To achieve controlled uranium fission, Tsukada and colleagues shoot their electron beam at a small disk of uranium carbide. When electrons strike the solid target, they rapidly decelerate and create a shower of bremsstrahlung gamma rays that break the uranium nuclei apart. The photofission produces a multitude of isotopes, including 137Cs. Just a few seconds after forming, the ionized 137Cs atoms are separated out and loaded into the SCRIT trap, where their electron scattering can be measured.
But it’s not just 137Cs ions in the SCRIT trap. Ions of residual gas—the inspiration for the SCRIT technique—are still present, and they outnumber the target 137Cs atoms. To single out the 137Cs signal, Tsukada and colleagues measured the electron-scattering signal with and without 137Cs ions loaded into the trap. If the residual gas presence is the same in both cases, all they have to do is subtract.
The results are shown in figure 2. As expected, the residual-gas ions—mostly small, compact nuclei such as nitrogen and oxygen—scattered more electrons to high angles than the large, spread-out 137Cs nuclei did. As a consequence, although the 137Cs signal agrees with expectations, the error bars on the high-angle data points are large. To improve their measurement precision, the researchers are simultaneously working on better understanding the residual-gas background and upgrading their isotope separator to load more target atoms into the SCRIT trap.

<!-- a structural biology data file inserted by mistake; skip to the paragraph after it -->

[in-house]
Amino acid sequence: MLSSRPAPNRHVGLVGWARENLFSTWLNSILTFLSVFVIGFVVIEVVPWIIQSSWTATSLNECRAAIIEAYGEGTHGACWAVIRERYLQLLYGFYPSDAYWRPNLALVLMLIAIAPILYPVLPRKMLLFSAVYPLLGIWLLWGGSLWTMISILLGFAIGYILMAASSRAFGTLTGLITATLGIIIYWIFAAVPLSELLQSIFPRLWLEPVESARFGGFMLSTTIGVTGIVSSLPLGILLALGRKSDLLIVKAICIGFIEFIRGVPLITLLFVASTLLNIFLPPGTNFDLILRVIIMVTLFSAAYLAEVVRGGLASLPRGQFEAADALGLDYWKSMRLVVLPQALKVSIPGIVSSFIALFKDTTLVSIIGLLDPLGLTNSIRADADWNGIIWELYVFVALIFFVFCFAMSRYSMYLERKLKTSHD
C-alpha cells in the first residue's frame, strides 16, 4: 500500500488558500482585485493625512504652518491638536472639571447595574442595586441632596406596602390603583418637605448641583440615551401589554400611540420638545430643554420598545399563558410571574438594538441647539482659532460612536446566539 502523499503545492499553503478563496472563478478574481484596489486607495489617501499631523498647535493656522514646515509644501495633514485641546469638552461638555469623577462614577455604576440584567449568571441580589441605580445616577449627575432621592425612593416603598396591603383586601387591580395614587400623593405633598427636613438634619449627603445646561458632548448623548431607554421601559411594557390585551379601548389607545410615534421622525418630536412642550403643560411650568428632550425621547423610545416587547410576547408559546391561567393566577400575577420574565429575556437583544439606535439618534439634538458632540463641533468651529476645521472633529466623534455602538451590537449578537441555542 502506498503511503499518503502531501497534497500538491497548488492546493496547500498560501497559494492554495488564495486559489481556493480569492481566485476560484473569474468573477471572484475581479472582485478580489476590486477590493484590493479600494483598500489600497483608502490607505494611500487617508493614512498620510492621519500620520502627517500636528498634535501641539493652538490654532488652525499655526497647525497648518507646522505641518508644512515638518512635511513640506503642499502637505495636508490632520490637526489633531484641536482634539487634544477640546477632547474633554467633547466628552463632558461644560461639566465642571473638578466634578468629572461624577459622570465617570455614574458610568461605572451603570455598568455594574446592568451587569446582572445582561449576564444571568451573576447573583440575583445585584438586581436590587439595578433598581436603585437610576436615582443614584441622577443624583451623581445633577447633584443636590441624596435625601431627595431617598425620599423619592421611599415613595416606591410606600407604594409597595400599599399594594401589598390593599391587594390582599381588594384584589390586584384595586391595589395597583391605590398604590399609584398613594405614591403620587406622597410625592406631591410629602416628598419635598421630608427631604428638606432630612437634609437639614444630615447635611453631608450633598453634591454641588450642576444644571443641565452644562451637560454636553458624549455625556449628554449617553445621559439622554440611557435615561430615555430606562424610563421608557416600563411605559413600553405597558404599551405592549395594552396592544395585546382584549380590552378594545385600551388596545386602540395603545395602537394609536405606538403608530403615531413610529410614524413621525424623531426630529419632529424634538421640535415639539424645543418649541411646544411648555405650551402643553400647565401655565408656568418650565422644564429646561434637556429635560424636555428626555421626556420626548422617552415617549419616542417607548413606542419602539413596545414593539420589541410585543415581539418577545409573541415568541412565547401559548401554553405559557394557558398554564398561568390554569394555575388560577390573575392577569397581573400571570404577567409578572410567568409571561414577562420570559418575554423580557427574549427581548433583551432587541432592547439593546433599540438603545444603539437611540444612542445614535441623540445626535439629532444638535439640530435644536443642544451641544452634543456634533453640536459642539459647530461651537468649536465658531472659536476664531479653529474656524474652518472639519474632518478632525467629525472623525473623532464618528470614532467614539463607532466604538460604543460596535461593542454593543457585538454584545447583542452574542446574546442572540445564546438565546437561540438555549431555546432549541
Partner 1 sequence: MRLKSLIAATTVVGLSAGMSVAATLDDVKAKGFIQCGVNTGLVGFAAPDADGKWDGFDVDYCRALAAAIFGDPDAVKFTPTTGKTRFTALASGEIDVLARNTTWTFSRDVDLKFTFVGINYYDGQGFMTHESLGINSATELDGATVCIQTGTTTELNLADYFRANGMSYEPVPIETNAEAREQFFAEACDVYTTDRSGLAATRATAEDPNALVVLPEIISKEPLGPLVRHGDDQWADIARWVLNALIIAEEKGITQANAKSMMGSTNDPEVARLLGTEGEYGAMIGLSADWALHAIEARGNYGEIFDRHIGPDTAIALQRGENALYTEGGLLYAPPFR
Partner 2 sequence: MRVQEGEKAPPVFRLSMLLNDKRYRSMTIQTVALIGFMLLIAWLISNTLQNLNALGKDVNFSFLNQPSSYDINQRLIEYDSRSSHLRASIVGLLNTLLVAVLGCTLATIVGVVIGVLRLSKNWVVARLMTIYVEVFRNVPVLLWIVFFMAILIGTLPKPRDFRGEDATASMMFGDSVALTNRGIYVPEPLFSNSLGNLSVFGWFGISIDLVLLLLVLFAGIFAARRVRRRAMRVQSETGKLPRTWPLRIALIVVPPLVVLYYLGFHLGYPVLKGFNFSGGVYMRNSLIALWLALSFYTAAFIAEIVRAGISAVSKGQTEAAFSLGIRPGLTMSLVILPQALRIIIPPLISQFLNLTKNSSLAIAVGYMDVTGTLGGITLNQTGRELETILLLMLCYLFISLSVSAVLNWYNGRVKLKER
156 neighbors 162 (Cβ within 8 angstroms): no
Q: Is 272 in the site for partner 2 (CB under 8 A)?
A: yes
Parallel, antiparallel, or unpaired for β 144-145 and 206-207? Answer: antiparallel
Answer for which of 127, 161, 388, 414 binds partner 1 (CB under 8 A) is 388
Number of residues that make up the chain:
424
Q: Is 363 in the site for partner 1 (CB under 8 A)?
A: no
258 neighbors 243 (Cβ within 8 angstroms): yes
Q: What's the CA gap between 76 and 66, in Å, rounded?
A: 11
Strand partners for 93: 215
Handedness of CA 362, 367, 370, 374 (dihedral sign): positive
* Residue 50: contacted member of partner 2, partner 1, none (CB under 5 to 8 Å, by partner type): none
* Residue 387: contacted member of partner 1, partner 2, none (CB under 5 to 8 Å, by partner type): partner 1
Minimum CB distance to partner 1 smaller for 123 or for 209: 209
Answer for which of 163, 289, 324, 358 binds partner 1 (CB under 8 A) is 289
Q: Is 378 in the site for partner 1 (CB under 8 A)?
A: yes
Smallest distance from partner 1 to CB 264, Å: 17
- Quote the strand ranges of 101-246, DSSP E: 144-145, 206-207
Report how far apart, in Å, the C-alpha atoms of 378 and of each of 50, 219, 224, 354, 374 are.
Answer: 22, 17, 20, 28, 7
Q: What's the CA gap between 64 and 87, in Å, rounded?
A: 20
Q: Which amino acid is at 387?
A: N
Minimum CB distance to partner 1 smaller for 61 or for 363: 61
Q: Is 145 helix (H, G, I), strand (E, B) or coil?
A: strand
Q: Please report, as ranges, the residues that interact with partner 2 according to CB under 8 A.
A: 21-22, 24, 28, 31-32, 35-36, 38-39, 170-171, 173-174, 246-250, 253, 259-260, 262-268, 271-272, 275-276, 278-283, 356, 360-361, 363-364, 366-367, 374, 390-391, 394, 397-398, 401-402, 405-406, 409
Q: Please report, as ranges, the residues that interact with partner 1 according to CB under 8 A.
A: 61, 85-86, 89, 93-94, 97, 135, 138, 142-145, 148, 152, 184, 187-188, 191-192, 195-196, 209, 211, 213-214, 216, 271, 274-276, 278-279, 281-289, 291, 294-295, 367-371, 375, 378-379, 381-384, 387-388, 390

As they continue to improve their apparatus, Tsukada and colleagues have their sights set on some specific unstable isotopes. In particular, they’d like to study tin-132, one of the 11 known doubly magic nuclei whose closed shells of both protons and neutrons grant it extra stability against decay. With 82 neutrons and just 50 protons, 132Sn is so neutron rich that it’s still unstable, with a half-life of 40 seconds, so not much has been directly measured about its shape and charge distribution. “That’s the goal of the first stage of the SCRIT project,” says Tsukada.
“The current facility is dedicated to elastic electron scattering,” he continues, “but the SCRIT method can be used for other applications.” SCRIT creates a fixed, stationary target of unstable nuclei—something that has never been possible before—which can be used not just for all kinds of scattering experiments but also for photoabsorption measurements, reactive nuclear collisions, and more. Especially intriguing to the RIKEN researchers is the prospect of studying collisions between two unstable isotopes: one in a beam and one in the SCRIT trap.